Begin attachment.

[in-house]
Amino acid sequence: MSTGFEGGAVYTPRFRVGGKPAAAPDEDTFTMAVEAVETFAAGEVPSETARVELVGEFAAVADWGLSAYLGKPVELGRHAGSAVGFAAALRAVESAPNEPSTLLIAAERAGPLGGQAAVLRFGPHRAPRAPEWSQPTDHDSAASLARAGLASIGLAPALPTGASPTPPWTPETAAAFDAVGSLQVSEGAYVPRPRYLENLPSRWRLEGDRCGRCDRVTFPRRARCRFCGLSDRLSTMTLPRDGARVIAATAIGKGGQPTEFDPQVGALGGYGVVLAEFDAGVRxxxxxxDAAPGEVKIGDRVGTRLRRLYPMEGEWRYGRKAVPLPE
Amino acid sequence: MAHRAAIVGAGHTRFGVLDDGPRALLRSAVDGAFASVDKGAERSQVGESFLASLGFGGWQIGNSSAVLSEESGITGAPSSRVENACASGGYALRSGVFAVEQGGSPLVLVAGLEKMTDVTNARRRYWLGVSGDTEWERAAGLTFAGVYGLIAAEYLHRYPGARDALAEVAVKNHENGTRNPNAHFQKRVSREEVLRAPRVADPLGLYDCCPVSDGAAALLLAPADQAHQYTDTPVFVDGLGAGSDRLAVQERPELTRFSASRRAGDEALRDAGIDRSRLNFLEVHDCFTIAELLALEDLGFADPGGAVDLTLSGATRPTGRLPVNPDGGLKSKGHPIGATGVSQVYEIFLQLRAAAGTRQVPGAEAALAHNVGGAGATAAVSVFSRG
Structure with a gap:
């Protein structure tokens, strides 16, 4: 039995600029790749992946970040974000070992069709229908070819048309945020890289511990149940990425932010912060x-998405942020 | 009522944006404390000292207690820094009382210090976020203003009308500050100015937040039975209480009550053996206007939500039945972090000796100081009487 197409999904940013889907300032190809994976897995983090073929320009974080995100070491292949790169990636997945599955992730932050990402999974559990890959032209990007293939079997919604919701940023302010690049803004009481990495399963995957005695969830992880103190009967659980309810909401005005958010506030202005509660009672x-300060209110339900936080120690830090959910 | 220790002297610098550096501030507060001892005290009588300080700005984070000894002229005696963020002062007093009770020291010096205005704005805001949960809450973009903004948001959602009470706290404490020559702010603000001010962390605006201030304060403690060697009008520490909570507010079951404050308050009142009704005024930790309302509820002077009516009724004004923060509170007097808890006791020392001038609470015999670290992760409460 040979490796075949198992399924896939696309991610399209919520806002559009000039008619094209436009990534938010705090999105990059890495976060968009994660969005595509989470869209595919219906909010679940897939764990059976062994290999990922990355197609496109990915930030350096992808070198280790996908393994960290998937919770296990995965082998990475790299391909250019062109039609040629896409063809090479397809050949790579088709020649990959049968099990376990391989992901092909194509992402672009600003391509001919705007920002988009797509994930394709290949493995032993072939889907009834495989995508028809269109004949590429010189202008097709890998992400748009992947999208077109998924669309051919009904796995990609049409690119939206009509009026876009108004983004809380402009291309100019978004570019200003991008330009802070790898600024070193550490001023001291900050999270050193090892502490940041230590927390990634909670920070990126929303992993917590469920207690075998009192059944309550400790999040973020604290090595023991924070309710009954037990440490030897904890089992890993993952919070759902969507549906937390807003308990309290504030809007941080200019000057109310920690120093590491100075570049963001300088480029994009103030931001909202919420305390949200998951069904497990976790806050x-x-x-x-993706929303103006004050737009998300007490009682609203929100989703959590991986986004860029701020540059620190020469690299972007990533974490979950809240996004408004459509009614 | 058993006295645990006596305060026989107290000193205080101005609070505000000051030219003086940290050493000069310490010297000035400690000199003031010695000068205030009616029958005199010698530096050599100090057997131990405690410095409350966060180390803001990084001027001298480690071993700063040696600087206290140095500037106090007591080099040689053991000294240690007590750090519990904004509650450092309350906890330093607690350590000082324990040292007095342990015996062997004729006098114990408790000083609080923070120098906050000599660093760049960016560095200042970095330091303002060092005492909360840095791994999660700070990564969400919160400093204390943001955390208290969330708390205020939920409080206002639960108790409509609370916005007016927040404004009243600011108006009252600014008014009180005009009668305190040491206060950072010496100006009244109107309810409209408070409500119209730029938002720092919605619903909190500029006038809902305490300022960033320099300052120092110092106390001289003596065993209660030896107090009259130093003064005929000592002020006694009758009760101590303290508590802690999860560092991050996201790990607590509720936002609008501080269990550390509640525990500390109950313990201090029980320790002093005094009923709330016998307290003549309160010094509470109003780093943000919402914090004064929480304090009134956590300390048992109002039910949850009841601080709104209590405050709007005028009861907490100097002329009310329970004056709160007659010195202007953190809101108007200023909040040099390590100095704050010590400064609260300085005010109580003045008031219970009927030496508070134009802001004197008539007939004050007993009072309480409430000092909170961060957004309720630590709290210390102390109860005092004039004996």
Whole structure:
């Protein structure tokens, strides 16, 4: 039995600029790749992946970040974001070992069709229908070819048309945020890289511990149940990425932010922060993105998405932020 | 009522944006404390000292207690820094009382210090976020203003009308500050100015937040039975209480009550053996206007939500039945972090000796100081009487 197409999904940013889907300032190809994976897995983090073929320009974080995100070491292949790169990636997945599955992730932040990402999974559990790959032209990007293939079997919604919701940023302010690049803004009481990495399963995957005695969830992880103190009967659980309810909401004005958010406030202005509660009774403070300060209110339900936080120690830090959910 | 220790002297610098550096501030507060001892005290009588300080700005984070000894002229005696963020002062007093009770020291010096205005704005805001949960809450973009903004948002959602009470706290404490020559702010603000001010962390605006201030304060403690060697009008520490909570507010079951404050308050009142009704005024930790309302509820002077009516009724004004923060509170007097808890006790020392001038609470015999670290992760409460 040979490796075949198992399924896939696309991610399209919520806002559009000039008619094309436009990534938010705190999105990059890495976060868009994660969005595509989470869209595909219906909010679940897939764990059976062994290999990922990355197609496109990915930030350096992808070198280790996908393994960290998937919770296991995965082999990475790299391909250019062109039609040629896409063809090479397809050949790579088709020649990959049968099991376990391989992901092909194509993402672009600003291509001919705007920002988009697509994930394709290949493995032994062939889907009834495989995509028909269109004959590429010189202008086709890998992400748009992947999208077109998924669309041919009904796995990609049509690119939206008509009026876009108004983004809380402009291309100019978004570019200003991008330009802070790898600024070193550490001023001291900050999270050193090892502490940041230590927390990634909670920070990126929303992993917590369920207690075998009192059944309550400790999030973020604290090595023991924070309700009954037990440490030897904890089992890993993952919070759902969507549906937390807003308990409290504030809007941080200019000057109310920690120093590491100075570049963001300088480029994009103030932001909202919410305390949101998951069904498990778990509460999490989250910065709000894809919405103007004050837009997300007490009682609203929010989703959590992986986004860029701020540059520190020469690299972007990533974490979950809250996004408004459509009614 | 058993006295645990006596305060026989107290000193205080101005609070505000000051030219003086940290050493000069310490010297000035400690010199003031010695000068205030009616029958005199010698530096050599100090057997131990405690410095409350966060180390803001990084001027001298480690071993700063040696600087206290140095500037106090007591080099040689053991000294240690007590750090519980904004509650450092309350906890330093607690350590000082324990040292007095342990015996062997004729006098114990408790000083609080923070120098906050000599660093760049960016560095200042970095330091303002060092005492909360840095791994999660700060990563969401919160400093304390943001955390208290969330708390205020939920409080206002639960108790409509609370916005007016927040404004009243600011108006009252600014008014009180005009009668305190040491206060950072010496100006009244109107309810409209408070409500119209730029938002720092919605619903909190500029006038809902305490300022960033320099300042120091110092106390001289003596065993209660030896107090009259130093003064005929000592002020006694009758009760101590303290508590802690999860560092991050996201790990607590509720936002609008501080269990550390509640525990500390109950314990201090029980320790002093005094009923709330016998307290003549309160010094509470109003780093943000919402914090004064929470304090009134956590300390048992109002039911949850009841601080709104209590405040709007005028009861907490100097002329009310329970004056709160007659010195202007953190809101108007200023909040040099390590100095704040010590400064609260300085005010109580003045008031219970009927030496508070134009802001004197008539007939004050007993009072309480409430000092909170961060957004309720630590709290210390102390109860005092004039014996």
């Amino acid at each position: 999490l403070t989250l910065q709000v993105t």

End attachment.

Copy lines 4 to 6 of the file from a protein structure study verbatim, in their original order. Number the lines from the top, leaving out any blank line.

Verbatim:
Structure with a gap:
């Protein structure tokens, strides 16, 4: 039995600029790749992946970040974000070992069709229908070819048309945020890289511990149940990425932010912060x-998405942020 | 009522944006404390000292207690820094009382210090976020203003009308500050100015937040039975209480009550053996206007939500039945972090000796100081009487 197409999904940013889907300032190809994976897995983090073929320009974080995100070491292949790169990636997945599955992730932050990402999974559990890959032209990007293939079997919604919701940023302010690049803004009481990495399963995957005695969830992880103190009967659980309810909401005005958010506030202005509660009672x-300060209110339900936080120690830090959910 | 220790002297610098550096501030507060001892005290009588300080700005984070000894002229005696963020002062007093009770020291010096205005704005805001949960809450973009903004948001959602009470706290404490020559702010603000001010962390605006201030304060403690060697009008520490909570507010079951404050308050009142009704005024930790309302509820002077009516009724004004923060509170007097808890006791020392001038609470015999670290992760409460 040979490796075949198992399924896939696309991610399209919520806002559009000039008619094209436009990534938010705090999105990059890495976060968009994660969005595509989470869209595919219906909010679940897939764990059976062994290999990922990355197609496109990915930030350096992808070198280790996908393994960290998937919770296990995965082998990475790299391909250019062109039609040629896409063809090479397809050949790579088709020649990959049968099990376990391989992901092909194509992402672009600003391509001919705007920002988009797509994930394709290949493995032993072939889907009834495989995508028809269109004949590429010189202008097709890998992400748009992947999208077109998924669309051919009904796995990609049409690119939206009509009026876009108004983004809380402009291309100019978004570019200003991008330009802070790898600024070193550490001023001291900050999270050193090892502490940041230590927390990634909670920070990126929303992993917590469920207690075998009192059944309550400790999040973020604290090595023991924070309710009954037990440490030897904890089992890993993952919070759902969507549906937390807003308990309290504030809007941080200019000057109310920690120093590491100075570049963001300088480029994009103030931001909202919420305390949200998951069904497990976790806050x-x-x-x-993706929303103006004050737009998300007490009682609203929100989703959590991986986004860029701020540059620190020469690299972007990533974490979950809240996004408004459509009614 | 058993006295645990006596305060026989107290000193205080101005609070505000000051030219003086940290050493000069310490010297000035400690000199003031010695000068205030009616029958005199010698530096050599100090057997131990405690410095409350966060180390803001990084001027001298480690071993700063040696600087206290140095500037106090007591080099040689053991000294240690007590750090519990904004509650450092309350906890330093607690350590000082324990040292007095342990015996062997004729006098114990408790000083609080923070120098906050000599660093760049960016560095200042970095330091303002060092005492909360840095791994999660700070990564969400919160400093204390943001955390208290969330708390205020939920409080206002639960108790409509609370916005007016927040404004009243600011108006009252600014008014009180005009009668305190040491206060950072010496100006009244109107309810409209408070409500119209730029938002720092919605619903909190500029006038809902305490300022960033320099300052120092110092106390001289003596065993209660030896107090009259130093003064005929000592002020006694009758009760101590303290508590802690999860560092991050996201790990607590509720936002609008501080269990550390509640525990500390109950313990201090029980320790002093005094009923709330016998307290003549309160010094509470109003780093943000919402914090004064929480304090009134956590300390048992109002039910949850009841601080709104209590405050709007005028009861907490100097002329009310329970004056709160007659010195202007953190809101108007200023909040040099390590100095704050010590400064609260300085005010109580003045008031219970009927030496508070134009802001004197008539007939004050007993009072309480409430000092909170961060957004309720630590709290210390102390109860005092004039004996």
Whole structure: